Embedding UBC’s Indigenous Strategic Plan into a new UBC Sustainability Initiative Strategic Plan
The UBC Indigenous Strategic Plan (ISP) is a critical step in redressing the legacy of colonialism and the shameful history of residential schools that haunts UBC, BC, and all of Canada.
At the UBC Sustainability Initiative (USI), being one of the first to take the ISP Self-Assessment Tool offered us a hopeful way to intertwine ideas about Indigenous justice with the climate emergency and the biodiversity crisis. Under new leadership from Senior Director, Linda Nowlan, and Academic Director, Tara Ivanochko, we launched our own strategic process to coincide with the ISP release, taking the opportunity to use the Self-Assessment as a central planning tool.
“My previous work on bridging between Indigenous and Crown law was revelatory, and I was excited to continue this work to centre Indigenous knowledge,” said Linda Nowlan, the USI’s Senior Director. “UBC’s commitment to Indigenous rights and the climate emergency was a major factor in my decision to join UBC.”
“I jumped at the chance for the USI to do the ISP Self-Assessment and weave the ISP Actions into our new strategic plan, with expert facilitation from Vicki, Alex, and Jessie from the Office of Indigenous Strategic Initiatives (OISI),” added Nowlan.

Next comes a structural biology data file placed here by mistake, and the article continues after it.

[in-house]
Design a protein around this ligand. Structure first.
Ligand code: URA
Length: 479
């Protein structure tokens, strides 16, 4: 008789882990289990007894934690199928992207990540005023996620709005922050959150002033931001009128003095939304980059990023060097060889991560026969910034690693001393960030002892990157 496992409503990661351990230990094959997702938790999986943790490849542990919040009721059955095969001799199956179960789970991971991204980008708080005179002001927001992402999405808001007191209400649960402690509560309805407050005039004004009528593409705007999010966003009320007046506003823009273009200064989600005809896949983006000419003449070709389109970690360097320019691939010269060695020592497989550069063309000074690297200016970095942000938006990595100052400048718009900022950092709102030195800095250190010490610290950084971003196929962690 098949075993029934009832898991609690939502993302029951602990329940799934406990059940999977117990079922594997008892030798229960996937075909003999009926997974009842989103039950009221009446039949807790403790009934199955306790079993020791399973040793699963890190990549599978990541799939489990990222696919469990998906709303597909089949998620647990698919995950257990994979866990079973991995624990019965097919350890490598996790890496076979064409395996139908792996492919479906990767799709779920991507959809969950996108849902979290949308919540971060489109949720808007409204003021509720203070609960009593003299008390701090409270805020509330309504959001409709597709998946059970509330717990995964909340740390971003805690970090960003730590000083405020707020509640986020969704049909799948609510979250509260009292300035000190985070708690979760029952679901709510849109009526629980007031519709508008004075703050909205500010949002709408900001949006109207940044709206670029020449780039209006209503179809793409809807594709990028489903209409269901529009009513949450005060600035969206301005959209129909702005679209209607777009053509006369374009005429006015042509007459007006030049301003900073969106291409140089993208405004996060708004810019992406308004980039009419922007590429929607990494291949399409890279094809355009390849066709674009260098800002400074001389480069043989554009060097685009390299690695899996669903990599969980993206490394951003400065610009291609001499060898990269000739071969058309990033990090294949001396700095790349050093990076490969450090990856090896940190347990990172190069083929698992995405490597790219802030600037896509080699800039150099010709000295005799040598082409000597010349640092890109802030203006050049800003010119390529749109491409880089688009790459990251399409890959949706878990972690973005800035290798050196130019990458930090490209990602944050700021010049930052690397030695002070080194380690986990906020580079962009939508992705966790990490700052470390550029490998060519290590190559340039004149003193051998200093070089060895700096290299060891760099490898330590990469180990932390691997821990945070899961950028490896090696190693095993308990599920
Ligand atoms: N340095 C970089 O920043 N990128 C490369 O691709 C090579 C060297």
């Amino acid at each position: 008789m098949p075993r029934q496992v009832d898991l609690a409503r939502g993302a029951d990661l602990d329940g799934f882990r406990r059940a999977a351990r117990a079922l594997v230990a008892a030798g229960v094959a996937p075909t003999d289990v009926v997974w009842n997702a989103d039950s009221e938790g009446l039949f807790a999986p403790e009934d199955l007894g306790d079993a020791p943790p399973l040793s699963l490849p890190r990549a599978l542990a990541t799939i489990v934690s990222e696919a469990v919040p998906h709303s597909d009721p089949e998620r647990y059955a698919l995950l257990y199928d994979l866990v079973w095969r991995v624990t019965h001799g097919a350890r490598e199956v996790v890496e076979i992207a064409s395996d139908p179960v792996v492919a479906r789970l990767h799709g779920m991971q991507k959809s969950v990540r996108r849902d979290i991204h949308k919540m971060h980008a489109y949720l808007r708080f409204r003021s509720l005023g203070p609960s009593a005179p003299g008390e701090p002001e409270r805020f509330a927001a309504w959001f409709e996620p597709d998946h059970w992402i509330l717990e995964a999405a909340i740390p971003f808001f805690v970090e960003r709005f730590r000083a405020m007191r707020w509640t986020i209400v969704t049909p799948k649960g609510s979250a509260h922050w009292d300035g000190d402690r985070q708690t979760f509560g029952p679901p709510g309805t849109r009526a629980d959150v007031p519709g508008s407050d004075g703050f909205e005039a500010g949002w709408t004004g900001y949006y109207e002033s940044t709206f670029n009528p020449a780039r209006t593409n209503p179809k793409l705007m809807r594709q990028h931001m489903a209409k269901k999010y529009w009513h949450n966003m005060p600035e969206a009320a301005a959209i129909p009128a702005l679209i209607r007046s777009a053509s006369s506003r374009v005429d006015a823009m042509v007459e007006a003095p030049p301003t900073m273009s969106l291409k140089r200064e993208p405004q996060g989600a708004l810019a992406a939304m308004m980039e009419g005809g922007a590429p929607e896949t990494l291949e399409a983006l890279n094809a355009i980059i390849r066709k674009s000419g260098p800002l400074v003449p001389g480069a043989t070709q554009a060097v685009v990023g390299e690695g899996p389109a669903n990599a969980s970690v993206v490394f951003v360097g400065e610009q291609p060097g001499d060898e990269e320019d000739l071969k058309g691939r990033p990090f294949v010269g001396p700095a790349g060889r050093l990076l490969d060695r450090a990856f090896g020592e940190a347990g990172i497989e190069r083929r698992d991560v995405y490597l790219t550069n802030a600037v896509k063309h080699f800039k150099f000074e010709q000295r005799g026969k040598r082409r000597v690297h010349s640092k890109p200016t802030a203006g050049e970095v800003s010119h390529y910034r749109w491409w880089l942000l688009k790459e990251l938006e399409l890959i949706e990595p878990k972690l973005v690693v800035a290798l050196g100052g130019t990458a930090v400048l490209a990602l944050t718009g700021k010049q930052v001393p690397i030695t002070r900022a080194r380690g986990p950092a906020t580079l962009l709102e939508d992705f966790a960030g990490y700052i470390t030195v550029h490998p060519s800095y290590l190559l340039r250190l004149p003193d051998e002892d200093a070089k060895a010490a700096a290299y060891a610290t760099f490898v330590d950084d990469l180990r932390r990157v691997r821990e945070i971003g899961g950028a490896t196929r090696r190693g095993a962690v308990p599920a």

Self-assessment: Are we part of the problem?
At the USI, we had recognized that our programs lacked an Indigenous focus for some time, but were unsure how to address the gaps. The team started the process by reading the ISP many times, but the guided facilitation by OISI was instrumental to making progress. We found self-rating is not always easy, and as a group had to ask ourselves some hard questions. For example, “Do our current programs present challenges and systemic barriers to participation by Indigenous students and faculty?” “Are we capable of recognizing unconscious bias in our work?” We didn’t always like our own answers.
“Talking openly as a team made it clear to me that we are just at the beginning of this process. The OISI facilitators helped us understand that the team conversation was an important part of the process. The specificity of the self-assessment toolkit allowed us to really evaluate where we had made some progress and where we still have a lot more work to do.” Tara Ivanochko, Academic Director, UBC Sustainability Initiative.